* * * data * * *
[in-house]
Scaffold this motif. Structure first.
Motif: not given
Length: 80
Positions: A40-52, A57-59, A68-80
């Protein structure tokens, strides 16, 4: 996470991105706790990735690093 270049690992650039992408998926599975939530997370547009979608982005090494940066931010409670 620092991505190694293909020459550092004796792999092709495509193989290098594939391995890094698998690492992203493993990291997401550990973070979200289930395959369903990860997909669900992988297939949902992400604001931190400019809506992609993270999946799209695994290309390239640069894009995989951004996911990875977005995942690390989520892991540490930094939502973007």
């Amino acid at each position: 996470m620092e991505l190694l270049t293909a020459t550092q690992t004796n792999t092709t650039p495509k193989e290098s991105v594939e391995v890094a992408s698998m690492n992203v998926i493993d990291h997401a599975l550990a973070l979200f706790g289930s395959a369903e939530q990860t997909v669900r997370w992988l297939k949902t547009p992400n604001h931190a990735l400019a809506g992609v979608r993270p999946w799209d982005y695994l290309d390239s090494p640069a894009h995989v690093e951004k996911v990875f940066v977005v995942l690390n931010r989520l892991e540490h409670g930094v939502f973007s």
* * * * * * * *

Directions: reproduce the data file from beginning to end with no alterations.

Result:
[in-house]
Scaffold this motif. Structure first.
Motif: not given
Length: 80
Positions: A40-52, A57-59, A68-80
């Protein structure tokens, strides 16, 4: 996470991105706790990735690093 270049690992650039992408998926599975939530997370547009979608982005090494940066931010409670 620092991505190694293909020459550092004796792999092709495509193989290098594939391995890094698998690492992203493993990291997401550990973070979200289930395959369903990860997909669900992988297939949902992400604001931190400019809506992609993270999946799209695994290309390239640069894009995989951004996911990875977005995942690390989520892991540490930094939502973007």
């Amino acid at each position: 996470m620092e991505l190694l270049t293909a020459t550092q690992t004796n792999t092709t650039p495509k193989e290098s991105v594939e391995v890094a992408s698998m690492n992203v998926i493993d990291h997401a599975l550990a973070l979200f706790g289930s395959a369903e939530q990860t997909v669900r997370w992988l297939k949902t547009p992400n604001h931190a990735l400019a809506g992609v979608r993270p999946w799209d982005y695994l290309d390239s090494p640069a894009h995989v690093e951004k996911v990875f940066v977005v995942l690390n931010r989520l892991e540490h409670g930094v939502f973007s």